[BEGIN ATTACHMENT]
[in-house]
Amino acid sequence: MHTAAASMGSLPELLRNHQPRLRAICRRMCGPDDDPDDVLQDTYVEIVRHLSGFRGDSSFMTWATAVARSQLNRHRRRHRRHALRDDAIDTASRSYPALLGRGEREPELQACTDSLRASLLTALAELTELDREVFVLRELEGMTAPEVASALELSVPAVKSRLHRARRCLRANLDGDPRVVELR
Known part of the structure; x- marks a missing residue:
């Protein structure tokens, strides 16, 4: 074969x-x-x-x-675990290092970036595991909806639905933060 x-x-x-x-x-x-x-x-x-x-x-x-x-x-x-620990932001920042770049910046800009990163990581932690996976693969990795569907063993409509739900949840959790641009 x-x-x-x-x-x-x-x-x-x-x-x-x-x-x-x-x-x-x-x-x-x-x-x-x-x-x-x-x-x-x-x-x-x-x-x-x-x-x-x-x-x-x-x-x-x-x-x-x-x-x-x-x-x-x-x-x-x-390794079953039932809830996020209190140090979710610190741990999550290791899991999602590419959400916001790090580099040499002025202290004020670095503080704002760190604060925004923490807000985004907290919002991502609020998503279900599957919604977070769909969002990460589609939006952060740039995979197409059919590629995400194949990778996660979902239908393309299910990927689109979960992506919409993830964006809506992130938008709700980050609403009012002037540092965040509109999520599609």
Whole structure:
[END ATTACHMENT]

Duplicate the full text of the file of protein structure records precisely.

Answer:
[in-house]
Amino acid sequence: MHTAAASMGSLPELLRNHQPRLRAICRRMCGPDDDPDDVLQDTYVEIVRHLSGFRGDSSFMTWATAVARSQLNRHRRRHRRHALRDDAIDTASRSYPALLGRGEREPELQACTDSLRASLLTALAELTELDREVFVLRELEGMTAPEVASALELSVPAVKSRLHRARRCLRANLDGDPRVVELR
Known part of the structure; x- marks a missing residue:
């Protein structure tokens, strides 16, 4: 074969x-x-x-x-675990290092970036595991909806639905933060 x-x-x-x-x-x-x-x-x-x-x-x-x-x-x-620990932001920042770049910046800009990163990581932690996976693969990795569907063993409509739900949840959790641009 x-x-x-x-x-x-x-x-x-x-x-x-x-x-x-x-x-x-x-x-x-x-x-x-x-x-x-x-x-x-x-x-x-x-x-x-x-x-x-x-x-x-x-x-x-x-x-x-x-x-x-x-x-x-x-x-x-x-390794079953039932809830996020209190140090979710610190741990999550290791899991999602590419959400916001790090580099040499002025202290004020670095503080704002760190604060925004923490807000985004907290919002991502609020998503279900599957919604977070769909969002990460589609939006952060740039995979197409059919590629995400194949990778996660979902239908393309299910990927689109979960992506919409993830964006809506992130938008709700980050609403009012002037540092965040509109999520599609």
Whole structure: